The Arts and Crafts of Orissa, are in fact primarily responsible for the large following of tourists in this part of the country. The Performing Arts of this state and the Odissi Classical Dance, above all, is an attractive form of art which has transcended barriers of geographical borders, religion and caste to reach great heights of popularity, fame and appreciable recognition around the world.
The Odissi Classical Dance has its roots in ages of antiquity. The carvings depicting dancers in different poses denote its existence in the 1st century B.C. It is, in fact referred to as Odra-Magadhi in the Natya Shastra. Studies show the gradual development of three schools of Odissi Classical Dance - the Mahari, Nartaki, and Gotipau. The Mahari type involved performances by women who were attached to the deities in temples; the Nartaki school included the dancers in the court and Gopitau had boys and men performing dressed as women.
Till 17th century Odissi dance earned accolades, honor and respect from all and sundry but the 'Anti-Nautch' movement propagated by the British declined the position of the dancers alarmingly. The Mahari and Nartaki forms of dances were abolished and Gopitau escaped the brunt of the British rage solely because it was performed by the men. However, post independence, Odissi Classical Dance was revived to its old form, patronized by the government and spread to far off shores.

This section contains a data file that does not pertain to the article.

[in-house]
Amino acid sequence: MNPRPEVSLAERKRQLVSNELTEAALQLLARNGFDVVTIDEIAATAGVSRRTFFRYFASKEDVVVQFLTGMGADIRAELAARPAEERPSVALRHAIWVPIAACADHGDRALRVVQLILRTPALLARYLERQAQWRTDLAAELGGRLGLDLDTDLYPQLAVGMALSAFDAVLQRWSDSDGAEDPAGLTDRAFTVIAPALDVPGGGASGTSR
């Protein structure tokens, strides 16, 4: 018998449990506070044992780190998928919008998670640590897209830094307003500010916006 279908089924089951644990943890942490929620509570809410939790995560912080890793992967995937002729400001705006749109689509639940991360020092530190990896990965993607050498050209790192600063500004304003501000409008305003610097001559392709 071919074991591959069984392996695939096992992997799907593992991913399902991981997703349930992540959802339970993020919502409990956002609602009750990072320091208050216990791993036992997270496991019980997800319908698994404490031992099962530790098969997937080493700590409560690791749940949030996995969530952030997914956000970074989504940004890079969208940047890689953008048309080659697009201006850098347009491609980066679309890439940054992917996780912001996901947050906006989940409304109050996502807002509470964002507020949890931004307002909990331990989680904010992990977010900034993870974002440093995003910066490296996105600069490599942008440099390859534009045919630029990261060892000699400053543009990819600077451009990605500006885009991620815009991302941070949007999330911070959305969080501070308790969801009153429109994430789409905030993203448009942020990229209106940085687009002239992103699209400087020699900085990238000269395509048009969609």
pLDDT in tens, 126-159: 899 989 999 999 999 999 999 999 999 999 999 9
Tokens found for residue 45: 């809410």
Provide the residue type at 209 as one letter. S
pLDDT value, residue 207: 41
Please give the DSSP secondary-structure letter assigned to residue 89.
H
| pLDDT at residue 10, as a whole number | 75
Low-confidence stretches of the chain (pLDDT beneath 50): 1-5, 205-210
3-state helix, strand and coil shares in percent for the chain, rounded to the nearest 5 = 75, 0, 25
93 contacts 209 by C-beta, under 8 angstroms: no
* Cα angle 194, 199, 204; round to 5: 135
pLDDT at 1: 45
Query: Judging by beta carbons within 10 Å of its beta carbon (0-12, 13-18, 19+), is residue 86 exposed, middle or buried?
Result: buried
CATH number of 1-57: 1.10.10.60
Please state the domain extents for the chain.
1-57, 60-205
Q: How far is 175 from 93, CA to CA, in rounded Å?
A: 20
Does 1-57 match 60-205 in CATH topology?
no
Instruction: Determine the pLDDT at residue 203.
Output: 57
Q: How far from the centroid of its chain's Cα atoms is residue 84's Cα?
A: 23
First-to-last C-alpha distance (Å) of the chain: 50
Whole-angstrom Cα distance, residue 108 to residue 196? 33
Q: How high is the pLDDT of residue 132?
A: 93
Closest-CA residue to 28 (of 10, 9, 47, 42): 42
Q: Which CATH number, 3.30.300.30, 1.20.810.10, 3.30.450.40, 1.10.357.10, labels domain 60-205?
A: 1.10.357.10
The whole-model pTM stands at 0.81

The style of the Odissi Classical Dance primarily involves the Tribhanga stance which divides the body into three parts - head, bust and torso. The mudras are hand positions which signify certain expressions and are similar to the hula form in Hawaii.
The themes of the Odissi Classical Dance largely or rather solely involve tales about Lord Krishna - his boyhood, his youth, his love episodes with Radha, etc. The Ashtapadis of Jaideva are the most preferred themes while performing Odissi Classical Dance. The main instruments involved in the performance of an Odissi Classical Dance are: Pakhawaj, Bansuri, Manjira, Sitar and Tanpura.